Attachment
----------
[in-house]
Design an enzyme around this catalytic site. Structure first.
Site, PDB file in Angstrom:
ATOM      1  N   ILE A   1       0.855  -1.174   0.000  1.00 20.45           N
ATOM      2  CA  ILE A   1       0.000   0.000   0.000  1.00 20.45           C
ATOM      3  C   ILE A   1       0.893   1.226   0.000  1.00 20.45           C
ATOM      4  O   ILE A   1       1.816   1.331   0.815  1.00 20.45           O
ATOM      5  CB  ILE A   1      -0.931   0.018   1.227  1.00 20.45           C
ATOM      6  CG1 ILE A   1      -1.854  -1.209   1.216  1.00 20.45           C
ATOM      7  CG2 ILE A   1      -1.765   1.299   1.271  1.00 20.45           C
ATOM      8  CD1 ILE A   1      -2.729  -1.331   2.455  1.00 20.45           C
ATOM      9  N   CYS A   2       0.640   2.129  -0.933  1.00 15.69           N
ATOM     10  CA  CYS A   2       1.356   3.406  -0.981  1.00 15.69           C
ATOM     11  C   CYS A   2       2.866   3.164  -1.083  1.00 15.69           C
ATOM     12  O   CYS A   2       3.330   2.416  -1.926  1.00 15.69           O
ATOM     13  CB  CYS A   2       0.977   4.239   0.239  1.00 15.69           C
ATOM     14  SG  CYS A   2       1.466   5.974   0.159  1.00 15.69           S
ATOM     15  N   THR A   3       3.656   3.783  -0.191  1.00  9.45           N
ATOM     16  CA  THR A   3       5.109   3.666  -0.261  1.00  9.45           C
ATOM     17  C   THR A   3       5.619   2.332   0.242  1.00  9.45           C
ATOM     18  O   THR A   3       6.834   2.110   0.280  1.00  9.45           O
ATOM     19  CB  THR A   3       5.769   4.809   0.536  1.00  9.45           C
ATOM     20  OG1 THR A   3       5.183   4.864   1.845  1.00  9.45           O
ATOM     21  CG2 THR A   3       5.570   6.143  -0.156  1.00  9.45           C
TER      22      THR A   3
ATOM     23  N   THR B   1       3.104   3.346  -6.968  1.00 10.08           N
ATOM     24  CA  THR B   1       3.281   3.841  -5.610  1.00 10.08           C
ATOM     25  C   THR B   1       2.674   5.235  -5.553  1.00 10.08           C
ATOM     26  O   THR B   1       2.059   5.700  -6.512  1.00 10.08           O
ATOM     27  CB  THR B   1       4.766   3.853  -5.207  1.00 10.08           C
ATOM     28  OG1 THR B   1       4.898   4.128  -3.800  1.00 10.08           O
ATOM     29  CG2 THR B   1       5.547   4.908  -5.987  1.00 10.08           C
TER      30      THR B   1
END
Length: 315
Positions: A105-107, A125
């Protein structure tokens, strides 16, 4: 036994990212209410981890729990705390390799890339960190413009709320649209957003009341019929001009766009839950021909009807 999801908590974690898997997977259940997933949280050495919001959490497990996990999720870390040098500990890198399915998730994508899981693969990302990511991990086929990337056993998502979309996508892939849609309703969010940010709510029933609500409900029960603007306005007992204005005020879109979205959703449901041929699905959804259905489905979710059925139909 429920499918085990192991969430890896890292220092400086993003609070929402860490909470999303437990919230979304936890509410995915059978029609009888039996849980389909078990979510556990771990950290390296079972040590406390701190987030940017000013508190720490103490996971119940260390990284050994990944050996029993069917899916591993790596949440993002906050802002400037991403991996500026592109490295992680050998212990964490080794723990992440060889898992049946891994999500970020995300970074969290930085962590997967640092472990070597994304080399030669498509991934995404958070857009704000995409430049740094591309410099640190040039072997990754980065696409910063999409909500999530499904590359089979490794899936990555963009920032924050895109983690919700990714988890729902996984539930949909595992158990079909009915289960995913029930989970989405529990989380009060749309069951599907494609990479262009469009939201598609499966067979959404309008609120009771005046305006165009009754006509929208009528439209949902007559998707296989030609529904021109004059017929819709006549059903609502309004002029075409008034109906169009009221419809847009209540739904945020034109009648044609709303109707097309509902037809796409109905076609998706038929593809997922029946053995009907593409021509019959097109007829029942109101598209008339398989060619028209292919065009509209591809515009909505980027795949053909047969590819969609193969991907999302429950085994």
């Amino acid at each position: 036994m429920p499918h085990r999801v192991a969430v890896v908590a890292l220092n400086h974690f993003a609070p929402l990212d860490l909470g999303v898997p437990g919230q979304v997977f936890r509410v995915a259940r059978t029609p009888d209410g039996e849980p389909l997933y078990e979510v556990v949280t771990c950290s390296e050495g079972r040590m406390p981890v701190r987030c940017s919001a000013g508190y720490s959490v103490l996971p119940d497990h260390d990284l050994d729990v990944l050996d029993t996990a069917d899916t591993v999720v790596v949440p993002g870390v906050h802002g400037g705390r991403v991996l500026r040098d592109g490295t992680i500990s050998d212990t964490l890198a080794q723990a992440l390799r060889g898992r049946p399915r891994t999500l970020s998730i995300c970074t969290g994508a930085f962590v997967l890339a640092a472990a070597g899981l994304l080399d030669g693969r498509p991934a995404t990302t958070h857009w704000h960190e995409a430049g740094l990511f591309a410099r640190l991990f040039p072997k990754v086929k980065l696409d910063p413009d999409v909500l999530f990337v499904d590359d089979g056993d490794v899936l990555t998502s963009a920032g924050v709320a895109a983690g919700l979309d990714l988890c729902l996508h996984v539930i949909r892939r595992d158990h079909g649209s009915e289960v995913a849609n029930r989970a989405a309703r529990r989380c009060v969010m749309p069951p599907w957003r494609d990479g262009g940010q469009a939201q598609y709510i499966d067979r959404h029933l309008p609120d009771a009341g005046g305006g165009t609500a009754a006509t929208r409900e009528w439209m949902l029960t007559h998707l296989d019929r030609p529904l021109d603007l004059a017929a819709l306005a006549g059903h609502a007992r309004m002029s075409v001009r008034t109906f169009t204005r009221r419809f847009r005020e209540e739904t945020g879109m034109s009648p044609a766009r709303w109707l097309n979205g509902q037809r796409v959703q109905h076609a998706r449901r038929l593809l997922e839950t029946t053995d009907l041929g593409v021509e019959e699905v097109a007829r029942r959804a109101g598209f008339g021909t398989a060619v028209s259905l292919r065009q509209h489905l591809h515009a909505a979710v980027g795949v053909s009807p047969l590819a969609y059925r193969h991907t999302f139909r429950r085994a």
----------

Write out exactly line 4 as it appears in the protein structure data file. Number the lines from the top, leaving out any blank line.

ATOM      1  N   ILE A   1       0.855  -1.174   0.000  1.00 20.45           N